I know nothing about contemporary classical music, so you probably shouldn’t pay too much attention to this post. I can’t help mentioning, though, a notice I received about an upcoming concert in NYC, “Freedom’s Ransom,” which seems meant in part as a tribute to religious freedom. The concert will feature a performance of “A Carnival of Miracles,” a work by composer Richard Einhorn:

The overall theme of “A Carnival of Miracles” is different kinds of freedoms: religious, scientific, artistic, cultural, sexual, and political.  Its texts are taken from numerous sources, and range from the 4th century through the 20th.  They include such unlikely sources as an ancient text from a Nag Hammadi codex; a U.S. Supreme Court decision; the Marquis de Sade; the first female U.S. Presidential Candidate Victoria Woodhull; Beethoven; Galileo; and a Nobel Prize-winning Polish poet.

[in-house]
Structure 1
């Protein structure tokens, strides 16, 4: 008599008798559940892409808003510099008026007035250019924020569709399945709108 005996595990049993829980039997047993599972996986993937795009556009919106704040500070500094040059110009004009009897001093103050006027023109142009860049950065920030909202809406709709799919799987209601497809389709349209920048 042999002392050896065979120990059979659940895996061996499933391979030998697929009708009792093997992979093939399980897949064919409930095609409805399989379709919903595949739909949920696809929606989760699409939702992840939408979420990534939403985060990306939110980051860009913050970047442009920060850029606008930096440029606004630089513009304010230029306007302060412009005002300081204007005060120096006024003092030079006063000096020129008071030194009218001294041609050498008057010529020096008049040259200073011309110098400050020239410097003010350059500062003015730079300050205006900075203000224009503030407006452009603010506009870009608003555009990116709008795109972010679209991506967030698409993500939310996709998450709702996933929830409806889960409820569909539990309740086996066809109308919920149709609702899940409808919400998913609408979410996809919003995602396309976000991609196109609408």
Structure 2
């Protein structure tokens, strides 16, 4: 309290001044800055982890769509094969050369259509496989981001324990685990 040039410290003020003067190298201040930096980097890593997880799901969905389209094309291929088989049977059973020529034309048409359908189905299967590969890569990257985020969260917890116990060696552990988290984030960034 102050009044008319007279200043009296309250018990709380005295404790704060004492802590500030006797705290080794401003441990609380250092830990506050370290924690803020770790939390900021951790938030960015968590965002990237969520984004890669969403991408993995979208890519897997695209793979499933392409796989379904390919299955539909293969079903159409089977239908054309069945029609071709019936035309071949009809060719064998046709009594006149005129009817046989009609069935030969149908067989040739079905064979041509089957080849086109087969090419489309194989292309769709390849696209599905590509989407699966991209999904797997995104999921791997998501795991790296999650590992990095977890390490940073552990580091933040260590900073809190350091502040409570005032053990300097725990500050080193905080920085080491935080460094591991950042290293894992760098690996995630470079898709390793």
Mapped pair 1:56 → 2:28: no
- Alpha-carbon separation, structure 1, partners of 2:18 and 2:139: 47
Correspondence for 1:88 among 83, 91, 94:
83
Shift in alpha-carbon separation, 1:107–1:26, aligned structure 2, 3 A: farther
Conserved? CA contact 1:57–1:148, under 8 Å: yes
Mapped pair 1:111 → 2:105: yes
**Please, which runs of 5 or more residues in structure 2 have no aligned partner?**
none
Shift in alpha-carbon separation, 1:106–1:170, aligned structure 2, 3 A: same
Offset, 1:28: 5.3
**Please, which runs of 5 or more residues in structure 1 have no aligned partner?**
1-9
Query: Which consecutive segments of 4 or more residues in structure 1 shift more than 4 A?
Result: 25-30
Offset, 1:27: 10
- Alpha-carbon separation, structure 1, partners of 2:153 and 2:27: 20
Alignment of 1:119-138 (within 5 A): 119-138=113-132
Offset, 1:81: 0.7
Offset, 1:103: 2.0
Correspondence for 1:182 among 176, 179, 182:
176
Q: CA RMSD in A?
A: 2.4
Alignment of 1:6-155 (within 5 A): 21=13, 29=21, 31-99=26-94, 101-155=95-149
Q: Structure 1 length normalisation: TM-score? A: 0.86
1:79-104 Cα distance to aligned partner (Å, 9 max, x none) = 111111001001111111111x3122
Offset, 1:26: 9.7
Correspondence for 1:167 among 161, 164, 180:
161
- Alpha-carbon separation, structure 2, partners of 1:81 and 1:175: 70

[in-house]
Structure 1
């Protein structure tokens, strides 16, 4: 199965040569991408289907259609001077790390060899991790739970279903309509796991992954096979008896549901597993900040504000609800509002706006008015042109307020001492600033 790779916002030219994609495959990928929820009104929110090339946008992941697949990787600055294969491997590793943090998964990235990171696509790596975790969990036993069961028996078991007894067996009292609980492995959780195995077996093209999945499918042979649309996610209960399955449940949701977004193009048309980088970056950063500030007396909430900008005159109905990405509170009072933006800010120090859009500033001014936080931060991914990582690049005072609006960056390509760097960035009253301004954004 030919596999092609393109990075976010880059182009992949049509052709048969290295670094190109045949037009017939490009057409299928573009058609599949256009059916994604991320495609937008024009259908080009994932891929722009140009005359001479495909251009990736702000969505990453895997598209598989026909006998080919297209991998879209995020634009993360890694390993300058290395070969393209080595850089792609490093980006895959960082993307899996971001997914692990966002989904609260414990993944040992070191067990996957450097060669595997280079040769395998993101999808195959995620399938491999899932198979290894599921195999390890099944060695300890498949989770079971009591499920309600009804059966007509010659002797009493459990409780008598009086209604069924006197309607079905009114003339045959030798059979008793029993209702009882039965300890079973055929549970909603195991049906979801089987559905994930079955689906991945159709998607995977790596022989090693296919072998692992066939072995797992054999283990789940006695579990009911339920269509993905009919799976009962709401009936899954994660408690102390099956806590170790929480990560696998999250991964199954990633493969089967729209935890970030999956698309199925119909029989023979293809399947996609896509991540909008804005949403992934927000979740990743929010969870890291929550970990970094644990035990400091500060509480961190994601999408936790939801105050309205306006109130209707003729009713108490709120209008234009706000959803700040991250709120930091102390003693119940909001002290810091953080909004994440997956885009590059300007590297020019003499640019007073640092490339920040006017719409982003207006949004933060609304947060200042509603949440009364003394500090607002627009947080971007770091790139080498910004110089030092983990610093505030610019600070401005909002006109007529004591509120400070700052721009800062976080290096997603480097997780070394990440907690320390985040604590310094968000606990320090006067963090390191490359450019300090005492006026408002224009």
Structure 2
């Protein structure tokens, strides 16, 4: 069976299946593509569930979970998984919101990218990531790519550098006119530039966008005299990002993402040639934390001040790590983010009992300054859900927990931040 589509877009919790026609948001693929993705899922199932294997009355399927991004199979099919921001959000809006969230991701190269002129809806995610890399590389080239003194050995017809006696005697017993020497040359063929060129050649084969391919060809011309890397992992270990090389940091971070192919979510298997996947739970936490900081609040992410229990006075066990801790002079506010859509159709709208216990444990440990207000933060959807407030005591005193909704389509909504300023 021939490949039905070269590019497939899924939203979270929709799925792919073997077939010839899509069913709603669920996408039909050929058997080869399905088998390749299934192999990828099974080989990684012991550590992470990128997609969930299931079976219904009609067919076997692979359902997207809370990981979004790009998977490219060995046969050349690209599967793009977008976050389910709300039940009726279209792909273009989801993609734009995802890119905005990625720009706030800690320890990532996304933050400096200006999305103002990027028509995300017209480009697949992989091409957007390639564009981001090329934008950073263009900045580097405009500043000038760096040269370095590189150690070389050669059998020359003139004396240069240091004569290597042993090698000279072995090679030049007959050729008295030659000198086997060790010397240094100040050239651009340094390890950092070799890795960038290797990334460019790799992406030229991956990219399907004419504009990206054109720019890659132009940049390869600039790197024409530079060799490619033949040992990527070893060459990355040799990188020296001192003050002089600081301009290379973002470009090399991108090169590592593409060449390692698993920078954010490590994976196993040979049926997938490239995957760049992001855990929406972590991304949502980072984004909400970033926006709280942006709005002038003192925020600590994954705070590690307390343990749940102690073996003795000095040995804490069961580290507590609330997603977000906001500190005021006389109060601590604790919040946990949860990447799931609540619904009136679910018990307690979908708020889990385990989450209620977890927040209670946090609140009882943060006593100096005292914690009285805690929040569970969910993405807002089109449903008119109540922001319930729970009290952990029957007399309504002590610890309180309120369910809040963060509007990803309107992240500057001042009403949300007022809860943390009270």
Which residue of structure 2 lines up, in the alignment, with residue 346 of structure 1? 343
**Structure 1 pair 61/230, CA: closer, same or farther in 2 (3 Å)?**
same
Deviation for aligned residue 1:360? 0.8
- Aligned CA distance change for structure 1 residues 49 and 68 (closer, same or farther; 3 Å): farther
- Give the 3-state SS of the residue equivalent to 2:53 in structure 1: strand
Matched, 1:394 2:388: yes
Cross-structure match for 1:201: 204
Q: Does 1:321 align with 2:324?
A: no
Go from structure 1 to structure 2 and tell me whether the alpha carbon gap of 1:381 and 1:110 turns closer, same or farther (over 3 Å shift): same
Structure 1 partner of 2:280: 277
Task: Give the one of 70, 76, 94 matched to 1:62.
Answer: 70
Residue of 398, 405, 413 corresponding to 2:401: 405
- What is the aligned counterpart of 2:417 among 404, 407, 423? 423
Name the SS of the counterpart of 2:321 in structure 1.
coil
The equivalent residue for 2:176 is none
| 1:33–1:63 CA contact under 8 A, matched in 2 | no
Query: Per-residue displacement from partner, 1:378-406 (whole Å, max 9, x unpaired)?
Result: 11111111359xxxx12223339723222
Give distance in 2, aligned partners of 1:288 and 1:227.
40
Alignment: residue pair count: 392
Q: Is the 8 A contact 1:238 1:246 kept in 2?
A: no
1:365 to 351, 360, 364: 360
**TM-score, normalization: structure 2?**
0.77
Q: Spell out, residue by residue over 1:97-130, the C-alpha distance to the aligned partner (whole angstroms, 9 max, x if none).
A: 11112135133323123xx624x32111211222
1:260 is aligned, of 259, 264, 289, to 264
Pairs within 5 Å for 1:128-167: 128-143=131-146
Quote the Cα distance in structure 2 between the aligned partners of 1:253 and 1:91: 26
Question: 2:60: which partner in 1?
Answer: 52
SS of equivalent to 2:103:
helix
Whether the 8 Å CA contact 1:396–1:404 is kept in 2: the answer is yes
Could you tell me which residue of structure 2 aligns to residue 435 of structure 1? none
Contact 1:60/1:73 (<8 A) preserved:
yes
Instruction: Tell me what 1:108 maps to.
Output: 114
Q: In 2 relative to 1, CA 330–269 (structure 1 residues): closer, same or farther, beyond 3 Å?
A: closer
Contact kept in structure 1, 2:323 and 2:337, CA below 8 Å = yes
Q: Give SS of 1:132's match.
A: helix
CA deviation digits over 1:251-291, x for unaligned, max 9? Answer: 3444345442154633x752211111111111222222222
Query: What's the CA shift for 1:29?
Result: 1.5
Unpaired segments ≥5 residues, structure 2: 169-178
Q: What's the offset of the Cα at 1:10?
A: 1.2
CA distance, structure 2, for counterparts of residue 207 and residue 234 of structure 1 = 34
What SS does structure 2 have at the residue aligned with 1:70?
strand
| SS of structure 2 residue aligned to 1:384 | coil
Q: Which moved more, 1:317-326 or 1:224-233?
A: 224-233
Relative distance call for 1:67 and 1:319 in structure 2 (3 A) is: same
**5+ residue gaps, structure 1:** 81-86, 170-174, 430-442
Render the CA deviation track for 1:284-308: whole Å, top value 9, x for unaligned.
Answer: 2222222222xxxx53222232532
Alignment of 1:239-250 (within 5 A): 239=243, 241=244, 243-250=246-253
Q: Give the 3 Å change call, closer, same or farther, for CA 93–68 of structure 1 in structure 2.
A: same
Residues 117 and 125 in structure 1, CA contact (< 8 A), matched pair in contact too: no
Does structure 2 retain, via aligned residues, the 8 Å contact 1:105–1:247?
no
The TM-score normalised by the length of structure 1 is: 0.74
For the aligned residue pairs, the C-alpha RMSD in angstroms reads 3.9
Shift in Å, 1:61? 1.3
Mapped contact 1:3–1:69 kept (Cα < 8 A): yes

Well, yes, those are rather unlikely. I looked up the text for “A Carnival of Miracles,” which you can find here. To invoke “religious freedom,” the composer has chosen a Gnostic text that reads, in part:

I am the mother of my father
and the sister of my husband,
and he is my son . . .

I am shame and boldness
I am shameless, I am ashamed.
I am strength and I am fear.
I am war and peace.
Hear me.

Well, the Supreme Court’s Establishment Clause opinions aren’t always so lucid, either.

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